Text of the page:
Sunday, January 24, 2010
A Tale of Two MLA Bibliographies
Mark Sample, a professor of Contemporary American Literature and New Media Studies in the English Department at George Mason University, in Fairfax, Virginia recently asked his blog readers to weigh in on whether they prefer URLs to be included in MLA bibliographies for websites. A whopping 74% agreed with him that website URLs should be included. (Take the poll).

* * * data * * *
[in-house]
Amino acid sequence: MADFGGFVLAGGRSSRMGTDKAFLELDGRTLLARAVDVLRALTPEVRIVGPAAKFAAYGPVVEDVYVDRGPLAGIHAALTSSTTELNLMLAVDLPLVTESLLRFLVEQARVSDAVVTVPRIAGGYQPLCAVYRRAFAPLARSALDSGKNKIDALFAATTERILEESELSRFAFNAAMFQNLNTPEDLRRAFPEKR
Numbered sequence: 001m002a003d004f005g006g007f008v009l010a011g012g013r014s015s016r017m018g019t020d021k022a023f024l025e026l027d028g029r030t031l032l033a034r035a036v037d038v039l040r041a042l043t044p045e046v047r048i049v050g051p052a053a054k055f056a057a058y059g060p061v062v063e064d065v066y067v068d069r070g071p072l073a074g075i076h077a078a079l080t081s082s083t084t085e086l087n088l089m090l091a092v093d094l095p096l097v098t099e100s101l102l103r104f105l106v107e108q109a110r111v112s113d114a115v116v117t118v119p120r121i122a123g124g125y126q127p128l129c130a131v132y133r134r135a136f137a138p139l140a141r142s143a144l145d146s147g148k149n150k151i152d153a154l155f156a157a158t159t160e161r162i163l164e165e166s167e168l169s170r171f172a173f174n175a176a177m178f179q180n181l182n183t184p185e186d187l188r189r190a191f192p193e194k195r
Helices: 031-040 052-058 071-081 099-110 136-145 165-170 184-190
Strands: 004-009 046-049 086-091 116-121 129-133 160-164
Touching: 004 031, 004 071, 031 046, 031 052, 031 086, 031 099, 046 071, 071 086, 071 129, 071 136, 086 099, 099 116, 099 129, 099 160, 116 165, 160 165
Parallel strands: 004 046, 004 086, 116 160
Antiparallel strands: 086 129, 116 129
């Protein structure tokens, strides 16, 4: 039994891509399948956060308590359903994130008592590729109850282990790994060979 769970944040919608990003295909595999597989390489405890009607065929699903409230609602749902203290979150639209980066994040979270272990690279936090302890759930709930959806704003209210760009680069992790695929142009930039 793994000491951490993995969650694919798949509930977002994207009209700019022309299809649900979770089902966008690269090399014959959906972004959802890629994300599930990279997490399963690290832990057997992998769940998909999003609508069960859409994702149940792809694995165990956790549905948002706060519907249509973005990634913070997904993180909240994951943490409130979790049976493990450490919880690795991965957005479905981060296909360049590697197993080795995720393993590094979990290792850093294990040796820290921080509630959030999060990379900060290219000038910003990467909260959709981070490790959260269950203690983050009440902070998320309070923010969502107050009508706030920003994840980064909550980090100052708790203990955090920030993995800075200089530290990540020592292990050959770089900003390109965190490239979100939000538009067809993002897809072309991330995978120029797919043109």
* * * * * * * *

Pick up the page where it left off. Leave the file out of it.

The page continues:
I agree with Mark that eliminating URLs for articles coming from databases like JSTOR is just fine as long as the journal name, volume and issue number are there. I would also agree that the exclusion of URLs from websites seems misguided when many web sites offer stable, concise permalinks.
I will continue to train our Jr. theme research students to use URLs for websites as one way of distinguishing database materials for "born online" materials. Unfortunately the new MLA format uses "web" as the source whether it's a database or a website. This does not help students who don't recognize the difference.